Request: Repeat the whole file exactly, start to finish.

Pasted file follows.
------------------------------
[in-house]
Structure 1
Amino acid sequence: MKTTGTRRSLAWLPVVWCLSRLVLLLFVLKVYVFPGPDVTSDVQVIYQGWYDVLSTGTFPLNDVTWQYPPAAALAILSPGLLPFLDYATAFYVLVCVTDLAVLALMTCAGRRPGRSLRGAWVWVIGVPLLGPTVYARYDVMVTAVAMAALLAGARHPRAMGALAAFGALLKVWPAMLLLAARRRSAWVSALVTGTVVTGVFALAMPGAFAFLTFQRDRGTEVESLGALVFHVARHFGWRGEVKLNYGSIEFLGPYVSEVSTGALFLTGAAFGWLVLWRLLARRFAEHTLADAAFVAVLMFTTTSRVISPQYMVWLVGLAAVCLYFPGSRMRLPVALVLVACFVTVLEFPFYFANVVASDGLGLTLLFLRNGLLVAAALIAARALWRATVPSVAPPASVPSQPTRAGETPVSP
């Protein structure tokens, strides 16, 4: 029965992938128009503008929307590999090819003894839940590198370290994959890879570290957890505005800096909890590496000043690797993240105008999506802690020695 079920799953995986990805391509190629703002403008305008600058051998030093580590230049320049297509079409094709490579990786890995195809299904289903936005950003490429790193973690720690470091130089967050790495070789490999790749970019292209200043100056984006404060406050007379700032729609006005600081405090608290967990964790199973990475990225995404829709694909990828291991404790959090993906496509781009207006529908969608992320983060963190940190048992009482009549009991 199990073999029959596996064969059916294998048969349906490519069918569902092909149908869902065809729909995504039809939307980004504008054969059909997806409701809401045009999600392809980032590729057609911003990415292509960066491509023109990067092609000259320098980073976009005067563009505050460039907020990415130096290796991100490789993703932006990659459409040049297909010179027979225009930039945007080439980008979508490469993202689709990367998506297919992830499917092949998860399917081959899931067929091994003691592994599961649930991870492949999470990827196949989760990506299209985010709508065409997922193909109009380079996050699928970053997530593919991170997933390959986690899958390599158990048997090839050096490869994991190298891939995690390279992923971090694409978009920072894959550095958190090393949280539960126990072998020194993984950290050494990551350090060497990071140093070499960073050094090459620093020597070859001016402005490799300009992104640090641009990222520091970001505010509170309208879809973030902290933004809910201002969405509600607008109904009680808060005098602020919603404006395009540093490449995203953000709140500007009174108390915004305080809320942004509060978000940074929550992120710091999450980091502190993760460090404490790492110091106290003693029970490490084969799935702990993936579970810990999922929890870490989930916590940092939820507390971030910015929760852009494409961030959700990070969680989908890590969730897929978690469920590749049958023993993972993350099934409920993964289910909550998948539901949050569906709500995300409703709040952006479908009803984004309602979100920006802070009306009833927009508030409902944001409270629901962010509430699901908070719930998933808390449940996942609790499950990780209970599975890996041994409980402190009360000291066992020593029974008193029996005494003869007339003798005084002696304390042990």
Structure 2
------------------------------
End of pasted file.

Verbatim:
[in-house]
Structure 1
Amino acid sequence: MKTTGTRRSLAWLPVVWCLSRLVLLLFVLKVYVFPGPDVTSDVQVIYQGWYDVLSTGTFPLNDVTWQYPPAAALAILSPGLLPFLDYATAFYVLVCVTDLAVLALMTCAGRRPGRSLRGAWVWVIGVPLLGPTVYARYDVMVTAVAMAALLAGARHPRAMGALAAFGALLKVWPAMLLLAARRRSAWVSALVTGTVVTGVFALAMPGAFAFLTFQRDRGTEVESLGALVFHVARHFGWRGEVKLNYGSIEFLGPYVSEVSTGALFLTGAAFGWLVLWRLLARRFAEHTLADAAFVAVLMFTTTSRVISPQYMVWLVGLAAVCLYFPGSRMRLPVALVLVACFVTVLEFPFYFANVVASDGLGLTLLFLRNGLLVAAALIAARALWRATVPSVAPPASVPSQPTRAGETPVSP
């Protein structure tokens, strides 16, 4: 029965992938128009503008929307590999090819003894839940590198370290994959890879570290957890505005800096909890590496000043690797993240105008999506802690020695 079920799953995986990805391509190629703002403008305008600058051998030093580590230049320049297509079409094709490579990786890995195809299904289903936005950003490429790193973690720690470091130089967050790495070789490999790749970019292209200043100056984006404060406050007379700032729609006005600081405090608290967990964790199973990475990225995404829709694909990828291991404790959090993906496509781009207006529908969608992320983060963190940190048992009482009549009991 199990073999029959596996064969059916294998048969349906490519069918569902092909149908869902065809729909995504039809939307980004504008054969059909997806409701809401045009999600392809980032590729057609911003990415292509960066491509023109990067092609000259320098980073976009005067563009505050460039907020990415130096290796991100490789993703932006990659459409040049297909010179027979225009930039945007080439980008979508490469993202689709990367998506297919992830499917092949998860399917081959899931067929091994003691592994599961649930991870492949999470990827196949989760990506299209985010709508065409997922193909109009380079996050699928970053997530593919991170997933390959986690899958390599158990048997090839050096490869994991190298891939995690390279992923971090694409978009920072894959550095958190090393949280539960126990072998020194993984950290050494990551350090060497990071140093070499960073050094090459620093020597070859001016402005490799300009992104640090641009990222520091970001505010509170309208879809973030902290933004809910201002969405509600607008109904009680808060005098602020919603404006395009540093490449995203953000709140500007009174108390915004305080809320942004509060978000940074929550992120710091999450980091502190993760460090404490790492110091106290003693029970490490084969799935702990993936579970810990999922929890870490989930916590940092939820507390971030910015929760852009494409961030959700990070969680989908890590969730897929978690469920590749049958023993993972993350099934409920993964289910909550998948539901949050569906709500995300409703709040952006479908009803984004309602979100920006802070009306009833927009508030409902944001409270629901962010509430699901908070719930998933808390449940996942609790499950990780209970599975890996041994409980402190009360000291066992020593029974008193029996005494003869007339003798005084002696304390042990």
Structure 2